There are certain types of vegetables where you can’t help but wonder who actually got the idea to try to eat them in the first place. Artichokes, the buds of a flowering plant that grows to be three feet tall, tend to be on that list, but whoever was brave enough to first give them a try made a delicious discovery. Once you get past their thorny exterior, they reveal tender leaves with a rich texture and a distinctive nutty flavor, but they can still seem somewhat daunting to even the most seasoned home cook.
“People are intimidated by artichokes because they see this vegetable that takes a little work to clean,” says chef Samuel Kim at 1789 Restaurant. “However, once the technique of turning artichokes is learned, it is quite easy to clean and enjoy them.” Preparing artichokes is actually pretty simple: wash them first to remove the bitter film on the leaves that can affect the flavor, then trim the pointy tips off the leaves and cut off about an inch from both the top and bottom.
Domenico Apollaro, executive chef at Lupo Verde, finds that outside of Italy, where artichokes are a commonly used vegetable, many are unsure about how to cook them. “To make it easier, I recommend cooking the artichoke upside down in a casserole with water, any spice like bay leaves, rosemary and lemon, and cook it until tender,” he says. “When ready, you can serve it as you like. I love to use it mostly on top of fish, salads or by itself.”
Indeed, while we often think of artichokes as being served steamed whole with melted butter to dip the leaves in, 1789’s Kim says, “I find that this water logs them and makes them somewhat mushy in texture.” He likes cooking them à la Barigoule by putting the cleaned artichokes into a large casserole dish with thyme, carrots, white wine and olive oil; cover tightly, then braise in a 300° degree oven until the artichokes are cooked through.
Artichokes lend themselves to a variety of cooking techniques. Bibiana chef Jake Addeo is partial to baby artichokes, which he prefers to showcase quite simply, fried to a crisp and topped with Italian parsley, lemon juice and olive oil, a classic technique that originated in the Jewish ghettos in Rome. “Another easy preparation is to shave raw chokes and toss with some lemon and mint vinaigrette,” says Addeo — creating a perfectly light spring salad.
Exploring artichokes through the eyes of a chef can open up a lot of possibilities. “I love them raw, cut into very thin slices and sautéed in a wok with some olive oil, seasoned with salt, and pepper and they are delicious,” says chef Josu Zubikarai of SER Restaurant in Arlington. Zubikarai also sees artichokes as a great vehicle for rich proteins, using them as a base for sautéed fresh foie gras or cooking them stuffed with lobster.
For Addeo, artichokes are much more than just an ingredient — they are a fond family memory. “My favorite recipe is always my Grandma Emily’s stuffed artichokes,” he says. “She made them for special occasions and you had to put your ‘order’ in before she started the process. I always ordered two. If you didn’t get your order in, you didn’t get any. This caused some great family fights at the dinner table!”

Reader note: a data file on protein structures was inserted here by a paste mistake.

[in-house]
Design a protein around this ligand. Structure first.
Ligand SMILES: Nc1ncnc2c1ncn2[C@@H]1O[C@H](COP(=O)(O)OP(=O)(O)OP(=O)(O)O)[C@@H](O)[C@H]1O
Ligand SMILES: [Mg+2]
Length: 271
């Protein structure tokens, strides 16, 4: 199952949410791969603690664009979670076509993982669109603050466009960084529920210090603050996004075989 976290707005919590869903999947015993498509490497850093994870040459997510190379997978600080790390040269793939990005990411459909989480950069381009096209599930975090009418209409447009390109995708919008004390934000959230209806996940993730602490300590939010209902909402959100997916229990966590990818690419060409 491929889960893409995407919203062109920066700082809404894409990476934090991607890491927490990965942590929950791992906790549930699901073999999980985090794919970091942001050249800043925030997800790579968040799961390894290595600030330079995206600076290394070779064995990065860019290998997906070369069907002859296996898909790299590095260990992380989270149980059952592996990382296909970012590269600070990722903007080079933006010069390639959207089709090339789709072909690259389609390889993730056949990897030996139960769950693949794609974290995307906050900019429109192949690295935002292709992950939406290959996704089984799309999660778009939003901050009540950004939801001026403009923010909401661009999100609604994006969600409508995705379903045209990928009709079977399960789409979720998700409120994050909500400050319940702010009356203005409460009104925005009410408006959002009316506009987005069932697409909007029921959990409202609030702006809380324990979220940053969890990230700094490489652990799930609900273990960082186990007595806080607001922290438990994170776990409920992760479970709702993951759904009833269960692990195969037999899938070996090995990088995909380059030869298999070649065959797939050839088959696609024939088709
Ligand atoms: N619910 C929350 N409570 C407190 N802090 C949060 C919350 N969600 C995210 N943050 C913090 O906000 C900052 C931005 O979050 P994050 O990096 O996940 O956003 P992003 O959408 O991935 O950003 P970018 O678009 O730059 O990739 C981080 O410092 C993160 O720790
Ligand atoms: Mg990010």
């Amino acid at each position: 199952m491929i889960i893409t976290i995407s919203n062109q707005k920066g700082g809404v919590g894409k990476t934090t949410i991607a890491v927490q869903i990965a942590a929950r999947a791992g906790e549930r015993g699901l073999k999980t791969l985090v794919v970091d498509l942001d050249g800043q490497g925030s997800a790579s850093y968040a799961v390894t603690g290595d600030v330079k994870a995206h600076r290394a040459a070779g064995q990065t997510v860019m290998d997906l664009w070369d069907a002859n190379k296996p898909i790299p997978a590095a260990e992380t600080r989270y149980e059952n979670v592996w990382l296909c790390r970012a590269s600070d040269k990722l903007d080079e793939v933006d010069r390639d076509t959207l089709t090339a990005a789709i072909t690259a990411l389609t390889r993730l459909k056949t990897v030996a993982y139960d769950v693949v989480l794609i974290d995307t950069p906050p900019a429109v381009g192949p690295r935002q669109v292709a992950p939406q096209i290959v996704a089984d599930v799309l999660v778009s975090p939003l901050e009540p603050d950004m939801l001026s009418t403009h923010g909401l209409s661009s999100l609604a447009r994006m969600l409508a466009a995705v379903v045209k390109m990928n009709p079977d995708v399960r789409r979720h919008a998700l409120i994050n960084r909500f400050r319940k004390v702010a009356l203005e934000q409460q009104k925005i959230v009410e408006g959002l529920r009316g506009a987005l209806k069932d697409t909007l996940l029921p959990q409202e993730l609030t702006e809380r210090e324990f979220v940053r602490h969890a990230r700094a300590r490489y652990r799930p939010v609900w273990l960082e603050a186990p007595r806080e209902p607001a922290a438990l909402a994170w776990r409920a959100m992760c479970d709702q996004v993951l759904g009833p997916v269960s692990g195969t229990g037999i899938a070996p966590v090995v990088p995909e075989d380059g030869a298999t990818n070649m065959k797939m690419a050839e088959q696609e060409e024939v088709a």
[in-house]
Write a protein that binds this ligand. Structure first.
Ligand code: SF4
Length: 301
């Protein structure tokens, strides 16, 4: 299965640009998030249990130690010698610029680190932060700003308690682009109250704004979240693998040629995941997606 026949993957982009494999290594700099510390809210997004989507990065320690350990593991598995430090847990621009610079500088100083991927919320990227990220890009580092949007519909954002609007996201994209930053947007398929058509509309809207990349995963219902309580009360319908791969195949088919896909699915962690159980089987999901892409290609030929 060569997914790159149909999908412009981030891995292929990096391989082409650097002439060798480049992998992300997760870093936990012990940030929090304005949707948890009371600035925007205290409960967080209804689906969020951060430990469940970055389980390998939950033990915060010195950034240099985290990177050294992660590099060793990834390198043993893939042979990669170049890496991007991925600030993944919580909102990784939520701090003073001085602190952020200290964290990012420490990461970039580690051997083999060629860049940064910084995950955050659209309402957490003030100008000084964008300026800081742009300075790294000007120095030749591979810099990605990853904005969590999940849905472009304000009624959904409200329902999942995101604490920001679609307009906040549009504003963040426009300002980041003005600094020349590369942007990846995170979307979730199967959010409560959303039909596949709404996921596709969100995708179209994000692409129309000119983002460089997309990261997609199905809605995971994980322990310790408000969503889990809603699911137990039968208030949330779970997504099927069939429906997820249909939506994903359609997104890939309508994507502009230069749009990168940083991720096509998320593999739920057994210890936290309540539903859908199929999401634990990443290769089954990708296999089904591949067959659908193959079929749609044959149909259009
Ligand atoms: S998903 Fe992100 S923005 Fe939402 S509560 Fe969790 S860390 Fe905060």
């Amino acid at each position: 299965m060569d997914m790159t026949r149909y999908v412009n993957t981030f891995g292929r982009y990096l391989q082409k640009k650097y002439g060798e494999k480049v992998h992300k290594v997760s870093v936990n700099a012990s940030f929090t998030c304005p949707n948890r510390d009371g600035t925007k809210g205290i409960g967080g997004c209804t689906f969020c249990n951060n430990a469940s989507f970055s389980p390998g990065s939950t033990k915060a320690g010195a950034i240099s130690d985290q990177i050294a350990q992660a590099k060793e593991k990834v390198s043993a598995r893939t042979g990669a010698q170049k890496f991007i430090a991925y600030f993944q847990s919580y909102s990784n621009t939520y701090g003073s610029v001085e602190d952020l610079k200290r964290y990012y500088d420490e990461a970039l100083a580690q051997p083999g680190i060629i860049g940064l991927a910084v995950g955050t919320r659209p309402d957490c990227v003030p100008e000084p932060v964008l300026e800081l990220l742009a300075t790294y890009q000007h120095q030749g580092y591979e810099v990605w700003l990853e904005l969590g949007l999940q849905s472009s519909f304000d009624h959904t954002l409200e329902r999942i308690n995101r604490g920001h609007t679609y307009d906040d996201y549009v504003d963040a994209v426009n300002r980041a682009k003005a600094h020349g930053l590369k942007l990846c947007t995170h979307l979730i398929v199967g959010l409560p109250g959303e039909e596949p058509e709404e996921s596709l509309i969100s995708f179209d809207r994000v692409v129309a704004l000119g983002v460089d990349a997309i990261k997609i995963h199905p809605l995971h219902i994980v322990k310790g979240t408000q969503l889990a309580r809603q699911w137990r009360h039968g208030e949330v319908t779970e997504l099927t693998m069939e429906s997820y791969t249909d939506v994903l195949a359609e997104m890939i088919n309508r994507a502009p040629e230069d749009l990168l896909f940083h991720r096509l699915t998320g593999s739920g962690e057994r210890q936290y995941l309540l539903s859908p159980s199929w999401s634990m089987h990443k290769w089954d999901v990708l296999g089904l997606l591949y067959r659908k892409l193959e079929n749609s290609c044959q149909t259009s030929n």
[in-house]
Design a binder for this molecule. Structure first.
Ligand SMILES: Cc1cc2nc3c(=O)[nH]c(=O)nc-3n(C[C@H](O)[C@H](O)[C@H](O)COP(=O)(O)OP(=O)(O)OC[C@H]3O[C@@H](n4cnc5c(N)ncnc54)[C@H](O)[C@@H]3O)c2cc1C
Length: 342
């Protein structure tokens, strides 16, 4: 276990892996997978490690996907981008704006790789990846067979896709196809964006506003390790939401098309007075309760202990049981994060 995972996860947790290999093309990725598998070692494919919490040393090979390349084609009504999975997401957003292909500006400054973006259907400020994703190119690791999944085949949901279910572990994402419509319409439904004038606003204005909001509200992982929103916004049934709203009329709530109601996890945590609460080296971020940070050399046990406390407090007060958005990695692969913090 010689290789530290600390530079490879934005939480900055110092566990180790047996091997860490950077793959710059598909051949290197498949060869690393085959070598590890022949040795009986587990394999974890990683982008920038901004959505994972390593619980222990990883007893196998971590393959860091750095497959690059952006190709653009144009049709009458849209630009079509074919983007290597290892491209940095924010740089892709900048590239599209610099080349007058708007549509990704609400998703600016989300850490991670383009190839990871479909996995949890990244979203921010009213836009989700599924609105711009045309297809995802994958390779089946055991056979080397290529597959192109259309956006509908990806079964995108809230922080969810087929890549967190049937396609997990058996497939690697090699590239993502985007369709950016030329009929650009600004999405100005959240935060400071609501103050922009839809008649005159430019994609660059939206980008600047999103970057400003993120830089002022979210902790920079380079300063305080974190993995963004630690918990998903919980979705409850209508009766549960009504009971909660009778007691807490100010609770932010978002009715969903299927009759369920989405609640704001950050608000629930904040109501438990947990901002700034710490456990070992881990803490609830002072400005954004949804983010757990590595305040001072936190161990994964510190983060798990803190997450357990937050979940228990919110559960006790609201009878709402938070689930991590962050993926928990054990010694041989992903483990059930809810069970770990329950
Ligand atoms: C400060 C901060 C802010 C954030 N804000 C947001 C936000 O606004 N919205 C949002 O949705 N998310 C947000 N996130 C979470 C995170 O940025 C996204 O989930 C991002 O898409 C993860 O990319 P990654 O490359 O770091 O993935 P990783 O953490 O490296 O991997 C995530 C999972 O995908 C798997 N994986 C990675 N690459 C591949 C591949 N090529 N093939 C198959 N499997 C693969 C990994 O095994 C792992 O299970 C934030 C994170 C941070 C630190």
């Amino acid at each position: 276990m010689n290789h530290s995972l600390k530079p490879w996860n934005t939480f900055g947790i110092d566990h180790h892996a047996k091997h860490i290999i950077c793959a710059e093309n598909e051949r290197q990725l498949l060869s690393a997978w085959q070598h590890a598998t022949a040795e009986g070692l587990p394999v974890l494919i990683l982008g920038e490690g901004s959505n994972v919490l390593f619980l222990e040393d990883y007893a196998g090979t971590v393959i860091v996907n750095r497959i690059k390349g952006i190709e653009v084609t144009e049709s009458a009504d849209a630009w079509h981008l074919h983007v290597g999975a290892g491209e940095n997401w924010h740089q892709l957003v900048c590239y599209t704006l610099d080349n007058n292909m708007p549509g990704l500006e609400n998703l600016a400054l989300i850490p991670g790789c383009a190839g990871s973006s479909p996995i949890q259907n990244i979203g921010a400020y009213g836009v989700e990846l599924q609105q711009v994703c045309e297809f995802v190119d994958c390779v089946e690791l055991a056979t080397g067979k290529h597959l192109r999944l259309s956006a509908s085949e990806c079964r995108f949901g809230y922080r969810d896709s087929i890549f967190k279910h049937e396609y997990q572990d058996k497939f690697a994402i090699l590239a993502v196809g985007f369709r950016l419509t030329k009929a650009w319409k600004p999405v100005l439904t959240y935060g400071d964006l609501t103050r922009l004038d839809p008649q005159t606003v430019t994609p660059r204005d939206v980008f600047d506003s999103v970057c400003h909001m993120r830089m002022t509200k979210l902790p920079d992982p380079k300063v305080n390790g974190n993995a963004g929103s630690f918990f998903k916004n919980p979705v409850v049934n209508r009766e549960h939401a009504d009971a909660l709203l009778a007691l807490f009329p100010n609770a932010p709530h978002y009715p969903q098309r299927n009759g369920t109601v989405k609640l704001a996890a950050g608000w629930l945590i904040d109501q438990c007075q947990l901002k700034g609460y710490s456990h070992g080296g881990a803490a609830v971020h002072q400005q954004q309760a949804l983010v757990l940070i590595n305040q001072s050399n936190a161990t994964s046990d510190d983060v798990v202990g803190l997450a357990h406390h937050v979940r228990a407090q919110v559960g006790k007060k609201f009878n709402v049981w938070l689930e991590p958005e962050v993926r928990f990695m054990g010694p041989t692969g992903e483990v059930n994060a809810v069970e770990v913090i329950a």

So grab a sharp knife, set aside your fears, and get to work — artichokes are on the menu tonight.
Nonna’s Stuffed Artichokes
Recipe by Chef Jake Addeo, Bibiana
This recipe serves up to 12, perfect for a dinner party or brunch.
12 artichokes, trimmed
10 large garlic cloves, chopped fine
6 cups seasoned toasted breadcrumbs
½ bunch each thyme, tarragon, mint, chopped
5 cups freshly grated Parmigiano cheese
5 cups freshly grated Pecorino Romano cheese
10 cups chicken stock
Lots of extra virgin olive oil
Salt & pepper to taste
Rinse the artichokes in running water to moisten them, then bang the tops on a cutting board to open them up, creating an opening between the leaves for the stuffing. Arrange the chokes in a roasting pan big enough so they all fit snugly, drizzle lots of olive oil into the openings of the chokes making sure they are moist, then spread the garlic all around into each choke. Mix the cheese — reserving a handful — with the herbs and breadcrumbs, then carefully stuff each choke, making sure each leaf has a good amount of filling. Drizzle with olive oil again.
Bring the stock and the juice from the two lemons to a boil, along with the lemon rinds, and season with salt and black pepper. Pour the stock into the roasting pan until each choke is about 1/3 covered, then pour the remaining stock directly on top of the stuffed artichokes. Season with pepper and sprinkle the remaining cheese over the top, then cover with foil, allowing some room over the top to allow the chokes to steam as they roast. Roast in a 400° oven for 30 minutes, then remove the foil and roast for another 25-30 minutes or until they are tender at the base and browned on top. Serve with the roasting liquid.
Kristen Hartke is managing editor of Edible DC and writes about food and beverages both regionally and nationally. See what she’s cooking on Twitter: @khartke.